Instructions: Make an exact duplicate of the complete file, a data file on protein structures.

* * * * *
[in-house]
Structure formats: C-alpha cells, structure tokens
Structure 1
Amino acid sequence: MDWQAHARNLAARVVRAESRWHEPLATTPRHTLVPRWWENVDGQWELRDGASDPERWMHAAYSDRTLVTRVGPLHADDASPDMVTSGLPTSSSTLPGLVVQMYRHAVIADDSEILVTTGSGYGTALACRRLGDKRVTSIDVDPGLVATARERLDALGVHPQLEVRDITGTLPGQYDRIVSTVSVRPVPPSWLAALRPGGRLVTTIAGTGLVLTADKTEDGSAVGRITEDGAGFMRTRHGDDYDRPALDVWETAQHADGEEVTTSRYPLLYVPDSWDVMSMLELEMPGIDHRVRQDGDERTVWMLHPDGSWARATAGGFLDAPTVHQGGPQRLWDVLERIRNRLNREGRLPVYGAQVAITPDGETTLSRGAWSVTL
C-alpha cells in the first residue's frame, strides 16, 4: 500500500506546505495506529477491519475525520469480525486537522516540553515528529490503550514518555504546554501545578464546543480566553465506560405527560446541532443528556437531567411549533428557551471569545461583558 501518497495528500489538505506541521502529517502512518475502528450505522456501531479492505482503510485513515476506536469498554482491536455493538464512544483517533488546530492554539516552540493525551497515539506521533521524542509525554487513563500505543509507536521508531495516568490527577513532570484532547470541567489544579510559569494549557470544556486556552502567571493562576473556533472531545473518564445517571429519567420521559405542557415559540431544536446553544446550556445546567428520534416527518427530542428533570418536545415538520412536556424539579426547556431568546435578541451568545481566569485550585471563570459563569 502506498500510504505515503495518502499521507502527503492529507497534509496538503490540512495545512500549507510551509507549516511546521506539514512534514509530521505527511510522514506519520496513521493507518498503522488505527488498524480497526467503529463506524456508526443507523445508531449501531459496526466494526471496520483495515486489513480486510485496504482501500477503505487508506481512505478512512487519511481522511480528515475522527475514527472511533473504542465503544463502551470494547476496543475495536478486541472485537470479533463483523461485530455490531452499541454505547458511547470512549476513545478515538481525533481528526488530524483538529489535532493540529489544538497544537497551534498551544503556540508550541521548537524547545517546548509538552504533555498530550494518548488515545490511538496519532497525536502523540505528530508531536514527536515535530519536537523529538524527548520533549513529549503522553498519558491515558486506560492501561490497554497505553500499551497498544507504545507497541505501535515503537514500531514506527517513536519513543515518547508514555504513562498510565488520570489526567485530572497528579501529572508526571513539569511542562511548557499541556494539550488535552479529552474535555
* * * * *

[in-house]
Structure formats: C-alpha cells, structure tokens
Structure 1
Amino acid sequence: MDWQAHARNLAARVVRAESRWHEPLATTPRHTLVPRWWENVDGQWELRDGASDPERWMHAAYSDRTLVTRVGPLHADDASPDMVTSGLPTSSSTLPGLVVQMYRHAVIADDSEILVTTGSGYGTALACRRLGDKRVTSIDVDPGLVATARERLDALGVHPQLEVRDITGTLPGQYDRIVSTVSVRPVPPSWLAALRPGGRLVTTIAGTGLVLTADKTEDGSAVGRITEDGAGFMRTRHGDDYDRPALDVWETAQHADGEEVTTSRYPLLYVPDSWDVMSMLELEMPGIDHRVRQDGDERTVWMLHPDGSWARATAGGFLDAPTVHQGGPQRLWDVLERIRNRLNREGRLPVYGAQVAITPDGETTLSRGAWSVTL
C-alpha cells in the first residue's frame, strides 16, 4: 500500500506546505495506529477491519475525520469480525486537522516540553515528529490503550514518555504546554501545578464546543480566553465506560405527560446541532443528556437531567411549533428557551471569545461583558 501518497495528500489538505506541521502529517502512518475502528450505522456501531479492505482503510485513515476506536469498554482491536455493538464512544483517533488546530492554539516552540493525551497515539506521533521524542509525554487513563500505543509507536521508531495516568490527577513532570484532547470541567489544579510559569494549557470544556486556552502567571493562576473556533472531545473518564445517571429519567420521559405542557415559540431544536446553544446550556445546567428520534416527518427530542428533570418536545415538520412536556424539579426547556431568546435578541451568545481566569485550585471563570459563569 502506498500510504505515503495518502499521507502527503492529507497534509496538503490540512495545512500549507510551509507549516511546521506539514512534514509530521505527511510522514506519520496513521493507518498503522488505527488498524480497526467503529463506524456508526443507523445508531449501531459496526466494526471496520483495515486489513480486510485496504482501500477503505487508506481512505478512512487519511481522511480528515475522527475514527472511533473504542465503544463502551470494547476496543475495536478486541472485537470479533463483523461485530455490531452499541454505547458511547470512549476513545478515538481525533481528526488530524483538529489535532493540529489544538497544537497551534498551544503556540508550541521548537524547545517546548509538552504533555498530550494518548488515545490511538496519532497525536502523540505528530508531536514527536515535530519536537523529538524527548520533549513529549503522553498519558491515558486506560492501561490497554497505553500499551497498544507504545507497541505501535515503537514500531514506527517513536519513543515518547508514555504513562498510565488520570489526567485530572497528579501529572508526571513539569511542562511548557499541556494539550488535552479529552474535555